The trial also heard how Mr Byrne was introduced to former Irish Nationwide Building Society chief executive Michael Fingleton in Croke Park before the finalisation of a €4.5m loan.
Mr Byrne, aged 47, of Walkinstown Road, Crumlin is accused of theft and fraud offences totalling €51.8m. The charges allege he transferred his clients’ homes into his name and then used them as collateral for property loans.
He has pleaded not guilty at Dublin Circuit Criminal Court to 51 counts of theft, forgery, using forged documents and deception between 2004 and 2007.
A former manager of the Dundrum branch of Irish Nationwide Building Society detailed how Mr Byrne borrowed a total of €11.4m from the society in 2006 and 2007.
Branch manager Colin Walsh said he met Mr Byrne in 2005 and that he attended a Christmas Party in the Four Seasons. He also said he would have been in his Lad Lane apartment socially.
Mr Walsh said Mr Byrne’s third loan application for €4.5m required the approval of Irish Nationwide chief Michael Fingleton because of its size.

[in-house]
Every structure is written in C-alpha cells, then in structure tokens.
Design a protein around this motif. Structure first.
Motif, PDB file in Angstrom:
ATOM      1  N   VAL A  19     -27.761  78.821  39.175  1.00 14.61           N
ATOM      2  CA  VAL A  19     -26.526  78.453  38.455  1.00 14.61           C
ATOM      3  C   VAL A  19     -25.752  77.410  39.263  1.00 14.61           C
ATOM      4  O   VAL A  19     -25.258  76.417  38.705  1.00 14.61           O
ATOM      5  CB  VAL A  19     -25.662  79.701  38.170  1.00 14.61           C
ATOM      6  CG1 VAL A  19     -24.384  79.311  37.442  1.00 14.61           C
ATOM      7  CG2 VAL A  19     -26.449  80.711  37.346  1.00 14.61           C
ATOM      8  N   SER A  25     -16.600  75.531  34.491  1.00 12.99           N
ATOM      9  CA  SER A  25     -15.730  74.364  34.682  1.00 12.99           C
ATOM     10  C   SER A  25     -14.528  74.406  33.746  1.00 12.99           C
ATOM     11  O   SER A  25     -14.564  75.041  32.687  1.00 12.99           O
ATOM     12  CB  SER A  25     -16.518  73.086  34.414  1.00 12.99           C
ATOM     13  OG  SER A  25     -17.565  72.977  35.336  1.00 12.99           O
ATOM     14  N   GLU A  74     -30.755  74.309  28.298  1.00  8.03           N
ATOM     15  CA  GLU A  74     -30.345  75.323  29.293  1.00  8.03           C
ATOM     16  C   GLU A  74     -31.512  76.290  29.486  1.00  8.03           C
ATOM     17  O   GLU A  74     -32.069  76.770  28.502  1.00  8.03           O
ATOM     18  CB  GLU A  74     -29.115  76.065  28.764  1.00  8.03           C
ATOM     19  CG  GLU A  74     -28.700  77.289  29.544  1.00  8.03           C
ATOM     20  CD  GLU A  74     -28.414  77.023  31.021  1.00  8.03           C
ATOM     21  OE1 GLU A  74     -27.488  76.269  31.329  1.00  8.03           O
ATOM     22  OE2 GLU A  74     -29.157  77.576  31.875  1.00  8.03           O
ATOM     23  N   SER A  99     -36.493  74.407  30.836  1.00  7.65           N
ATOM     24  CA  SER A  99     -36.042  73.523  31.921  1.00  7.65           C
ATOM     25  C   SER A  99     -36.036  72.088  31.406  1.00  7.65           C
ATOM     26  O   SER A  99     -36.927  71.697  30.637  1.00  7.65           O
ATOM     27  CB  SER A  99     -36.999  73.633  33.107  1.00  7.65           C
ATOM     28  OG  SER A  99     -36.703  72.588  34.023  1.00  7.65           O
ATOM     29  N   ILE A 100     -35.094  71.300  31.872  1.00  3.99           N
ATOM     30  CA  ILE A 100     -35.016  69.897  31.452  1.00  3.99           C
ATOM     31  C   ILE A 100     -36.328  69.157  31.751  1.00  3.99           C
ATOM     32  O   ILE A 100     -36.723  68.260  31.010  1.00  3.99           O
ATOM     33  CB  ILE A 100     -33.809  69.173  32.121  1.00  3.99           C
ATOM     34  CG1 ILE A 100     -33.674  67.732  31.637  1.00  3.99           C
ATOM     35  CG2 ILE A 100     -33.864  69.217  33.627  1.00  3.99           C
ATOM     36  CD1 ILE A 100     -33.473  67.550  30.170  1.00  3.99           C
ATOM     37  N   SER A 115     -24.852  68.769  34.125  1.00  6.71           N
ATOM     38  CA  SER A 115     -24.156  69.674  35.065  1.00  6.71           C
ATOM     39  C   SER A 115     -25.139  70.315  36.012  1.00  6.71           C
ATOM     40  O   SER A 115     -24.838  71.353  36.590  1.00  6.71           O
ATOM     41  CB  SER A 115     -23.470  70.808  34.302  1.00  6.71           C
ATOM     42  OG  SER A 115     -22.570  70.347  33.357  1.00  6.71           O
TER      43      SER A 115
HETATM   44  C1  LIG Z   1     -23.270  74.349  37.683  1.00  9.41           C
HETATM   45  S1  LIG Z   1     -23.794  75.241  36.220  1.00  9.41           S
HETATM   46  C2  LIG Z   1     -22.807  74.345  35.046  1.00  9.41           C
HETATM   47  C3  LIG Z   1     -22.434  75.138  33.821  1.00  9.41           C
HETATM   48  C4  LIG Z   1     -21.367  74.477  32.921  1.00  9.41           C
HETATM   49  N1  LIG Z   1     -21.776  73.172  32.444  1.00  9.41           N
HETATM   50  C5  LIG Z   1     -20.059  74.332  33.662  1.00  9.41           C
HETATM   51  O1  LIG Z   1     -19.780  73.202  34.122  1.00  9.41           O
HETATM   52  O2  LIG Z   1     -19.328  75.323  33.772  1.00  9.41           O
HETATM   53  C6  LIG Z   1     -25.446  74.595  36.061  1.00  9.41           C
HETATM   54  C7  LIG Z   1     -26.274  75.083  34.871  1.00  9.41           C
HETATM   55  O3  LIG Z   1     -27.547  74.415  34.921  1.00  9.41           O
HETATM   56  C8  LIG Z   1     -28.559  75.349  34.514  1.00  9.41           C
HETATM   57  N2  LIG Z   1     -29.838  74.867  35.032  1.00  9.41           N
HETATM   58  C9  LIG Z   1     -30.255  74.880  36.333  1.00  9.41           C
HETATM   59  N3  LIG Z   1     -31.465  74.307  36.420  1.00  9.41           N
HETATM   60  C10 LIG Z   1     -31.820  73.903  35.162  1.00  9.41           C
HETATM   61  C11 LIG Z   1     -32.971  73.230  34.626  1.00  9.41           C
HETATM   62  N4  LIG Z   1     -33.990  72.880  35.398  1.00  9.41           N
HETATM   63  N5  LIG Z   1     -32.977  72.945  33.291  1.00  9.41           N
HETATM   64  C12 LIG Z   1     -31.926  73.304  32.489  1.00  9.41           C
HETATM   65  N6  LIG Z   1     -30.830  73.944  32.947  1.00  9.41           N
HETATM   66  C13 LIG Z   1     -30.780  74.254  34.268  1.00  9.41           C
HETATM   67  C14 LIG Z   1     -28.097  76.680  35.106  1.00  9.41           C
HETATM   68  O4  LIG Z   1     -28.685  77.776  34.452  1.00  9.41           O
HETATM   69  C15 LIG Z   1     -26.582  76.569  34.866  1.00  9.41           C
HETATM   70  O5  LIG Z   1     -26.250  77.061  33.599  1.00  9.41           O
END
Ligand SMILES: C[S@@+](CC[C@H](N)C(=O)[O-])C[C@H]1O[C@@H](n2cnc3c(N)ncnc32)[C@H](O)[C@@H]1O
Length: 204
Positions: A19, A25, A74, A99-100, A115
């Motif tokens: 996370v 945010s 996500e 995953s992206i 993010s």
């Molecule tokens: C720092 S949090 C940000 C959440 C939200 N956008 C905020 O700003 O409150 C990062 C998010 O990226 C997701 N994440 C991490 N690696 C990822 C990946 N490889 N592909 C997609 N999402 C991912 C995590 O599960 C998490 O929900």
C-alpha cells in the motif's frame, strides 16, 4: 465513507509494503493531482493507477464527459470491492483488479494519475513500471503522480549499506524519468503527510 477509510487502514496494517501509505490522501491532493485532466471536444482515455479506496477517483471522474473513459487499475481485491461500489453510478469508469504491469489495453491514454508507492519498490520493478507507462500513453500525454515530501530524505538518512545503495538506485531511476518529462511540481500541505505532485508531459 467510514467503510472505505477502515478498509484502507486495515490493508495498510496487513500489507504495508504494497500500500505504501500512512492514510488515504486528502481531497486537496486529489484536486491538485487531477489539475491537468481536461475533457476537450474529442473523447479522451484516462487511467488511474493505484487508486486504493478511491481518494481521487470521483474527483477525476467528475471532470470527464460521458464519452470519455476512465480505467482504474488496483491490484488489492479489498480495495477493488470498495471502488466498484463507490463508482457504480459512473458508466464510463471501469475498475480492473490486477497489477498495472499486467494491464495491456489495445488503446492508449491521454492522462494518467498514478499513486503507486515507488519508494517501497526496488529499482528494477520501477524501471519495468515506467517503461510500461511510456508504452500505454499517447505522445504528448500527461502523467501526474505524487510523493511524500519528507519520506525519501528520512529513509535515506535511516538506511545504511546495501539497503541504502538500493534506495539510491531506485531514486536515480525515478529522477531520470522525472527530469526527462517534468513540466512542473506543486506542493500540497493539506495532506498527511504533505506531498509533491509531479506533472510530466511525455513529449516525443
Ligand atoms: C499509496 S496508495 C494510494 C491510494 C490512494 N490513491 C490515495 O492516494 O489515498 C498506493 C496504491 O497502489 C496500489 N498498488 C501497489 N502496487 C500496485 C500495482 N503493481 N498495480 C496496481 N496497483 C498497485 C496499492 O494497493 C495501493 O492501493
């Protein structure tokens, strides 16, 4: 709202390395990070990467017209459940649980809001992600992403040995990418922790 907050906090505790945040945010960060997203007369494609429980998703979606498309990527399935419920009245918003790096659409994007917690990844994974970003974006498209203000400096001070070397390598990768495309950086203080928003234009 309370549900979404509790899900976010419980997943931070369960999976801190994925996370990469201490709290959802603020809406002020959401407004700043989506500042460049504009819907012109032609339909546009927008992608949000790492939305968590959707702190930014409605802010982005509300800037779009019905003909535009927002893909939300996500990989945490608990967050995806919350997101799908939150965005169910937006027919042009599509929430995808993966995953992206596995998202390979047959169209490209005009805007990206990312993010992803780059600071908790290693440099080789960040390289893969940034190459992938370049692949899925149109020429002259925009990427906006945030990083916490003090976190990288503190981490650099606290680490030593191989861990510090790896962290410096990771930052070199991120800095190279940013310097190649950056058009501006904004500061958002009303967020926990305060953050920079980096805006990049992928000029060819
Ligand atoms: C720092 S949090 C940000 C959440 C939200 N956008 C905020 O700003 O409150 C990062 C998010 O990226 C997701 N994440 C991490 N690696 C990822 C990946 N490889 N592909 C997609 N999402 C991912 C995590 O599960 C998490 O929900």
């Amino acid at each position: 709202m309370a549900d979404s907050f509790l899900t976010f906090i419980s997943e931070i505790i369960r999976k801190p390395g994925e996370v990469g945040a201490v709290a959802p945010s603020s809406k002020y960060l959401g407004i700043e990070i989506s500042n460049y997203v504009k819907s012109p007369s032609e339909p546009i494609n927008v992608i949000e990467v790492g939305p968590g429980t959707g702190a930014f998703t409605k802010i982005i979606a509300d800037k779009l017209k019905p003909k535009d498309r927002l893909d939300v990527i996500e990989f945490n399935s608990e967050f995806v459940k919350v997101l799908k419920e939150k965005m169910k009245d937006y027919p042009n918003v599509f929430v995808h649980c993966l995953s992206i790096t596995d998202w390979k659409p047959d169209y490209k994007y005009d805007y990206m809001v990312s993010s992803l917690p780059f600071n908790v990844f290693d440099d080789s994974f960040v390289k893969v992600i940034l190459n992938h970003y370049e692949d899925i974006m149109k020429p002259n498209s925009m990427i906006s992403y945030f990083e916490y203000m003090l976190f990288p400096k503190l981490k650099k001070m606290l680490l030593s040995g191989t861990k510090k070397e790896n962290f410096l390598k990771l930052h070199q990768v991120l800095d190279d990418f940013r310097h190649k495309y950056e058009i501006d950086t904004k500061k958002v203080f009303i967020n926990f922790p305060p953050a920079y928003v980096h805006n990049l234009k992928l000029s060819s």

The witness said he introduced Mr Byrne to Mr Fingleton in Croke Park and that the loan was later granted.
The former internal auditor with Irish Nationwide, Killian McMahon, told the court via video link that many of the properties used as security by Mr Byrne were worthless to the society as it emerged it did not have “first legal charge” over them.
The society granted a €4.8m loan to Mr Byrne in 2006 based on nine properties being offered as security. Mr McMahon said it later transpired that none of these were valid collateral.
The court heard that on Oct 15, 2007, Irish Nationwide sent out letters to client’s solicitors asking them to provide proof of ownership of their homes.
He said that Mr Byrne responded to Mr Walsh by asking if there was a “witch-hunt” in progress.
Mr Walsh said he responded that if the accused turned in the title deeds “all would be solved”.
He said when Mr Byrne failed to provide proof of ownership he called to the solicitor’s office but no one was there. He then called to his home on Lad Lane and “saw that the whole apartment was emptied out”.
The trial continues.